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Camalot signs should chime in on this or even John Boyd. They will have better knowledge on this. i thought it was only for the ballasts and not the transformers.


GOOD things happen for a reason......

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Chiming in.

I don't believe a ban on magnetic neon transformers is being pushed. I have yet to see an electronic neon power supply that can have 10 feet of gto wire run through conduit. I do believe that magnetic neon transformers will be around for quite some time.

It's my understanding that magnetic fluorescent ballasts are dropping by the way side. This is where the electronic ballasts are coming into their own being a bit easier to wire and they do use less energy to achieve the same light output. My opinion, they don't last quite as long as a magnetic ballast because of the electronic components life expectancy. That would be somewhere from 5 to 10 years depending on the environment. A magnetic ballast could last closer to 20 years with the weakest part being the ballasting capacitor.

Dave

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Chiming in.

I don't believe a ban on magnetic neon transformers is being pushed. I have yet to see an electronic neon power supply that can have 10 feet of gto wire run through conduit. I do believe that magnetic neon transformers will be around for quite some time.

It's my understanding that magnetic fluorescent ballasts are dropping by the way side. This is where the electronic ballasts are coming into their own being a bit easier to wire and they do use less energy to achieve the same light output. My opinion, they don't last quite as long as a magnetic ballast because of the electronic components life expectancy. That would be somewhere from 5 to 10 years depending on the environment. A magnetic ballast could last closer to 20 years with the weakest part being the ballasting capacitor.

Dave

I assumed (maybe wrongly) that the ban applied to both neon and fluorescent ballasts. The same problem is true with reliablity on electronic ballasts for fluorescent lamps. I basically think all electronic transformers ##$##$$.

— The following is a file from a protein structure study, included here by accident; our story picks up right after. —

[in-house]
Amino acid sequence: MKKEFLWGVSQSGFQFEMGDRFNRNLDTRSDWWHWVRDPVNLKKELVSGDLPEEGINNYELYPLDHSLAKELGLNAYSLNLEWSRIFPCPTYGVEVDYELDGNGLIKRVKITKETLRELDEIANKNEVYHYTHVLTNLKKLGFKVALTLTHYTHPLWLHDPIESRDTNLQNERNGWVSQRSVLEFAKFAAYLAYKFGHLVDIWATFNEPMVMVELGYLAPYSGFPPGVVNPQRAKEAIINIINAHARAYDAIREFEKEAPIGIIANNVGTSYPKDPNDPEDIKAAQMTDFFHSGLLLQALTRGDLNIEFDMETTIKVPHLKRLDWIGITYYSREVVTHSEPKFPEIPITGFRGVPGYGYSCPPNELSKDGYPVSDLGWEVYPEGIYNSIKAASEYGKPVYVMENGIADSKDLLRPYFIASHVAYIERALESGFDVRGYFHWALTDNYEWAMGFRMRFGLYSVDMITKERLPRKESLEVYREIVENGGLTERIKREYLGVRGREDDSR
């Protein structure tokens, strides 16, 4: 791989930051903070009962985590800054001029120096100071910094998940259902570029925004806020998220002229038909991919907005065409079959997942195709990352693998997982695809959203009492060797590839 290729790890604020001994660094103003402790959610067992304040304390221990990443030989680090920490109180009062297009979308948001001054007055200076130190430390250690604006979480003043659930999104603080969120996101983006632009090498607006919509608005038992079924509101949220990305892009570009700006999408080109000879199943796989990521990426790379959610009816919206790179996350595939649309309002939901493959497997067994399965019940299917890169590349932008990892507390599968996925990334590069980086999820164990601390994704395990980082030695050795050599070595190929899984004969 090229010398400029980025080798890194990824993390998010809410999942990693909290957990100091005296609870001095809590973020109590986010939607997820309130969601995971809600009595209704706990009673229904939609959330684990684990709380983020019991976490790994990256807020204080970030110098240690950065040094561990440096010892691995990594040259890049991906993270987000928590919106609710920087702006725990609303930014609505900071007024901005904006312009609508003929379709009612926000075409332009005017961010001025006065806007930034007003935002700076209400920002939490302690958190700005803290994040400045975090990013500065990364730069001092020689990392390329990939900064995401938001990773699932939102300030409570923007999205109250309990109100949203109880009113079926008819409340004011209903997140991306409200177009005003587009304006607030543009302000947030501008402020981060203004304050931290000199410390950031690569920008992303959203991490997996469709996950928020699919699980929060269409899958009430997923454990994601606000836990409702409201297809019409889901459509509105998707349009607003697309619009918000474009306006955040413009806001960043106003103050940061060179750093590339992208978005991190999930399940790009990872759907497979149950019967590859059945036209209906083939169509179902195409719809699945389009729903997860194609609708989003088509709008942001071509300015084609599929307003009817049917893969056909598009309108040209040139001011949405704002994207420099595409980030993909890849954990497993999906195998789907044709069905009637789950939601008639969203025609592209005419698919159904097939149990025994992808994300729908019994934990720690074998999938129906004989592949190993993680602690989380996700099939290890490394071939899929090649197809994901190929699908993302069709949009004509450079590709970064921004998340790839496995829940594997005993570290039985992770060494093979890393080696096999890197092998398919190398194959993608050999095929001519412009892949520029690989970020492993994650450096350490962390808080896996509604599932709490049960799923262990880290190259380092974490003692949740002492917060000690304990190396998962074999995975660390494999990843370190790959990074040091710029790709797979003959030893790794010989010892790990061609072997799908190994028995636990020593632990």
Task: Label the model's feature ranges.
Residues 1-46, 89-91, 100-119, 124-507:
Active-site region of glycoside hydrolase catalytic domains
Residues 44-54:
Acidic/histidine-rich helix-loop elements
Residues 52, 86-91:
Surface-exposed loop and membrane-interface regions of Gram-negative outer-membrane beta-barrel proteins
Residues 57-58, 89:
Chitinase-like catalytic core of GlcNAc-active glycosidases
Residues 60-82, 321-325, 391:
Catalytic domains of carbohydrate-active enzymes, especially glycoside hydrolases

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Chiming in.

I don't believe a ban on magnetic neon transformers is being pushed. I have yet to see an electronic neon power supply that can have 10 feet of gto wire run through conduit. I do believe that magnetic neon transformers will be around for quite some time.

It's my understanding that magnetic fluorescent ballasts are dropping by the way side. This is where the electronic ballasts are coming into their own being a bit easier to wire and they do use less energy to achieve the same light output. My opinion, they don't last quite as long as a magnetic ballast because of the electronic components life expectancy. That would be somewhere from 5 to 10 years depending on the environment. A magnetic ballast could last closer to 20 years with the weakest part being the ballasting capacitor.

Dave

I assumed (maybe wrongly) that the ban applied to both neon and fluorescent ballasts. The same problem is true with reliablity on electronic ballasts for fluorescent lamps. I basically think all electronic transformers ##$##$$.

The main difference between the electronic fluorescent ballast and neon transformers for this case is that the fluorescent ballast is normally contained within the sign cabinet with the wires being run in a raceway. Usually the wire that is already connected to the ballast is all that is needed in the cabinet to wire the lamps. The raceways are also just a touch larger than 1/2" conduit used with neon installations. Neon transformers are usually remote from the neon so the GTO has to be run in conduit which really causes trouble at high frequency. Even if the power supply is in a raceway behind the letters...the GTO, electrode or something still has to pass through a metal wall unless the sign is made entirely of plastic.

Electronic power supplies do have different rules and sometimes I even think they twist the rules of physics.

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Chiming in.

I don't believe a ban on magnetic neon transformers is being pushed. I have yet to see an electronic neon power supply that can have 10 feet of gto wire run through conduit. I do believe that magnetic neon transformers will be around for quite some time.

It's my understanding that magnetic fluorescent ballasts are dropping by the way side. This is where the electronic ballasts are coming into their own being a bit easier to wire and they do use less energy to achieve the same light output. My opinion, they don't last quite as long as a magnetic ballast because of the electronic components life expectancy. That would be somewhere from 5 to 10 years depending on the environment. A magnetic ballast could last closer to 20 years with the weakest part being the ballasting capacitor.

Dave

I assumed (maybe wrongly) that the ban applied to both neon and fluorescent ballasts. The same problem is true with reliablity on electronic ballasts for fluorescent lamps. I basically think all electronic transformers ##$##$$.